Taxonomic name: Beak and feather disease virus (BFDV)
Common names: beak-and-feather-disease-virus, psittacine beak and feather disease, psittacine circovirus disease
Organism type: micro-organism
Beak and feather disease virus (BFDV) the causal agent of Beak and feather disease (BFD) is a small virus (14-16nm in diameter) with spherical symmetry and is referred to as a circovirus. BFD is one of the most commonly recognised viral diseases of wild psittacine birds worldwide and is characterised by chronic, progressive, symmetrical feather dystrophy and occasional beak deformity.
BFDV is described by Rahaus and Wolff (2003) as a small (14-16nm in diameter) non-enveloped virus with isometric or spherical symmetry. It is classified as a Circovirus.
Todd (2000) describes circoviruses as “small, non-enveloped, icosahedral viruses that are unique among animal viruses in having circular, single-stranded DNA genomes. The genomes being the smallest possessed by animal viruses."
Rahaus and Wolff (2003) describes the clinical symptoms shown by birds infected with this virus. The authors state that birds infected are, "Characterised by a chronic, progressive, symmetrical feather dystrophy and occasional beak deformity. Typically, the first sign of BFD is a replacement of normal down and contour feathers with dystrophic feathers that stop growing shortly after emerging from the follicle. If beak lesions develop, they may include palatine necrosis, progressive elongation, and transverse or longitudinal fractures."
Todd (2000) states that, “birds usually die as a result of secondary infections, which supports the view that they are immunosuppressed (a condition characterised by a decrease in the body’s natural ability to fight infections and other foreign substances ). The author observes that this condition is consistent with the detection of bursal and thymic lesions.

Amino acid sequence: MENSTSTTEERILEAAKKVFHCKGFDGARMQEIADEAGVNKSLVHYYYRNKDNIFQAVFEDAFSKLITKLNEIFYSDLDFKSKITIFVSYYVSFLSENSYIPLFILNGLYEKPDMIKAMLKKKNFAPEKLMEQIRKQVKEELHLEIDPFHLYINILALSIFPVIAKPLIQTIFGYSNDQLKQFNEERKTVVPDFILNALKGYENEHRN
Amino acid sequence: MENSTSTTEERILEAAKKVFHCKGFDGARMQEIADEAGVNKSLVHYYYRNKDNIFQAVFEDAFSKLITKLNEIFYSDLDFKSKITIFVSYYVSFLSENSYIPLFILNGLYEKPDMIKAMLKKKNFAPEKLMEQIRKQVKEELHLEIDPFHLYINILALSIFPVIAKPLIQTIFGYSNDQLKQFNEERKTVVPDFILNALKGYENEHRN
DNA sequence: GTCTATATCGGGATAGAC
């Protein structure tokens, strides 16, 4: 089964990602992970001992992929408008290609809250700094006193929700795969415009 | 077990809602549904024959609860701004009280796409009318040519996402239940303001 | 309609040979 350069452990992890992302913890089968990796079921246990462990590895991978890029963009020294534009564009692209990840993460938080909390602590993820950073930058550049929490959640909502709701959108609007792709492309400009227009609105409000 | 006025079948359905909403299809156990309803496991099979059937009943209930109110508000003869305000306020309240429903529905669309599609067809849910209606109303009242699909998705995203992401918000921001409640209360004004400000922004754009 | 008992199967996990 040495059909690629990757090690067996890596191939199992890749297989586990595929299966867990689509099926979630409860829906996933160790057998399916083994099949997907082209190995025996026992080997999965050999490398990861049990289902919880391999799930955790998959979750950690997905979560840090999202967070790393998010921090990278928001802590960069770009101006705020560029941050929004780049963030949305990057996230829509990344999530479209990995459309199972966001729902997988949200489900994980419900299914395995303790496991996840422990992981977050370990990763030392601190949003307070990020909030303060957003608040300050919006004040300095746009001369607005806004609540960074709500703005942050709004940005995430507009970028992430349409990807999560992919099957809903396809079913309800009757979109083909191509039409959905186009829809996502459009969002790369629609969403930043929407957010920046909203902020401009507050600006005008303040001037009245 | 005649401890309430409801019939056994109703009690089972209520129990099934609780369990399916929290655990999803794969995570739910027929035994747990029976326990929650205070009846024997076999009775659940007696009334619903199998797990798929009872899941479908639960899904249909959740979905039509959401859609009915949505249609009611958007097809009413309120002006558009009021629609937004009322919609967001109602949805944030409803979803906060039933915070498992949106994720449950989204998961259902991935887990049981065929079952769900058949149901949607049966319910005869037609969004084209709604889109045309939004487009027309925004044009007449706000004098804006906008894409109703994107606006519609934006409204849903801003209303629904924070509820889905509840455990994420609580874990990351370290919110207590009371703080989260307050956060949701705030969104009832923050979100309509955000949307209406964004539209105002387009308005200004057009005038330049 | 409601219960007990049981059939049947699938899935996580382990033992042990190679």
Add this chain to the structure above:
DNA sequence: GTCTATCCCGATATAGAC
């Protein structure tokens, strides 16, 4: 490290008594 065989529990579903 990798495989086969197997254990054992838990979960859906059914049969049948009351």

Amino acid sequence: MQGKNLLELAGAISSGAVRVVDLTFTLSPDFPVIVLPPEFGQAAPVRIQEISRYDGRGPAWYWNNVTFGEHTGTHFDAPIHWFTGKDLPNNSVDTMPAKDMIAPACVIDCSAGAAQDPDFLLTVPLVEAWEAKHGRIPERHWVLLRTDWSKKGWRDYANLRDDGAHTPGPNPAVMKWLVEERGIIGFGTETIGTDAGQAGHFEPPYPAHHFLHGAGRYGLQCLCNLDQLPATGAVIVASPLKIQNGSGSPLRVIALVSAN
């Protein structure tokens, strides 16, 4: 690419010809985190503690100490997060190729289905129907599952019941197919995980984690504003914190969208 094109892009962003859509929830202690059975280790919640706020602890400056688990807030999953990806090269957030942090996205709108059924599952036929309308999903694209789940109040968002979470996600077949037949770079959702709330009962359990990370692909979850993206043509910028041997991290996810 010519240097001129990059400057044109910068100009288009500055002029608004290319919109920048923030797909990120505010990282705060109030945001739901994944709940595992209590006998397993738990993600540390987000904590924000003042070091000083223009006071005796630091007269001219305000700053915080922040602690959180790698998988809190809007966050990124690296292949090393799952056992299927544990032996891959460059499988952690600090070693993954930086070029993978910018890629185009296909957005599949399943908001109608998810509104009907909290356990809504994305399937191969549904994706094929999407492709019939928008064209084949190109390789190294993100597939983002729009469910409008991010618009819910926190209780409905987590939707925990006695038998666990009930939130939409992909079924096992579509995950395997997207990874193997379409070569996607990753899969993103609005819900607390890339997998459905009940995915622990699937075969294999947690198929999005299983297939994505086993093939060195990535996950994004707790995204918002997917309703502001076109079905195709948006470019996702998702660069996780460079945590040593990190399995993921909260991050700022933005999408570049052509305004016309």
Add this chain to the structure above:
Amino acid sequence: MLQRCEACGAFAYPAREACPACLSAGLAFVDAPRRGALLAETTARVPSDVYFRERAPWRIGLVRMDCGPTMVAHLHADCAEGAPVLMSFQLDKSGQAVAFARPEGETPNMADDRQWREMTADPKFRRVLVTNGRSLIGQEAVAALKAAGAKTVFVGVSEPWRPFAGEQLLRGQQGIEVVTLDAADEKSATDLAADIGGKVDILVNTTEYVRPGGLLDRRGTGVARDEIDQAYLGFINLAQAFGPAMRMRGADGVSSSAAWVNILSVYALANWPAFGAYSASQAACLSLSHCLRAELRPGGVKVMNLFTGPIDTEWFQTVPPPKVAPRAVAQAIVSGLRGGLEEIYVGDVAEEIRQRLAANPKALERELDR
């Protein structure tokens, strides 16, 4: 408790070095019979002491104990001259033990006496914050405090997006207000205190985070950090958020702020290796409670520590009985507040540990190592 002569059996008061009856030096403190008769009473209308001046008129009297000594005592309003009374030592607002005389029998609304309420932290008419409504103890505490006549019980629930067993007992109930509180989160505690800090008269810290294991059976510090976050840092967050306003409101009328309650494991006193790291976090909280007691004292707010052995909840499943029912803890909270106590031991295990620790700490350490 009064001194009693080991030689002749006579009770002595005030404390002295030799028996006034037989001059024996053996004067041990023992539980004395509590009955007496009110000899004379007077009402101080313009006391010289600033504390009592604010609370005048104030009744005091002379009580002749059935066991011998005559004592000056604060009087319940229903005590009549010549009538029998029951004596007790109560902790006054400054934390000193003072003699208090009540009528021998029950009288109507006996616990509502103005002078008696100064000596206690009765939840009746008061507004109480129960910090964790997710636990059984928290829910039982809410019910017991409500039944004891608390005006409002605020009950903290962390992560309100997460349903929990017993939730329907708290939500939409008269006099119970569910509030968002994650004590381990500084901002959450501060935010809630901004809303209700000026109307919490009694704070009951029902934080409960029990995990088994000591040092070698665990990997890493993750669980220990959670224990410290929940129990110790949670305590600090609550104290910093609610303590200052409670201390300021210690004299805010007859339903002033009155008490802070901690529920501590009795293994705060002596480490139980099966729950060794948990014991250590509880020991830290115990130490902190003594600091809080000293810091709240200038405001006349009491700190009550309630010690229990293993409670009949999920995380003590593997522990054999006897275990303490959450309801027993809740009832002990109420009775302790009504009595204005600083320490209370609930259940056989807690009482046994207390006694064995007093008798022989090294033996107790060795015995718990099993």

Todd (2000) further observes that clinical symptoms vary from species to species and also depends on the age of the bird. The most chronic form of the infection occurs in birds which are up to three years of age, although percute and acute forms of the infection have been reported in neonatal and very young birds.
The Commonwealth of Australia (2004) reports that, "All members of the parrot family are susceptible to BFDV. However, susceptibility to infection varies with age and species, and between individuals of the same species. Susceptibility will also be influenced by environmental factors, such as climate, nutrition, habitat quality and social factors".
Raidal et al. (1993) reported successful use of hemagglutination inhibition assays to detect the presence of BFDV in sera from wild sulphur crested cockatoos (Cacatua galerita), galahs (Eolophus roseicapillus), short-billed corellas (Cacatua sanguinea), eastern long-billed corellas (Cacatua tenuirostris) and other psittacine birds in New South Wales.
Ypelarr et al. (1999) report that, "A universal PCR assay was designed that consistently detected BFDV in psittacine birds from different geographic regions across Australia."
Todd (2000) reports that, "BFDV has been experimentally reproduced in a number of psittacine species including Budgerigars, Galahs, Umbrella Cockatoos and African grey parrots by inoculation of homogenates of feather material or purified virus preparations (Gerlach, 1994)."
Rahaus and Wolff (2003) indicate that although BFD is known to infect birds from the order Psittaciformes, non-psittacine birds such as those belonging to the genus Gracula have tested positive for the presence of BFDV DNA using PCR.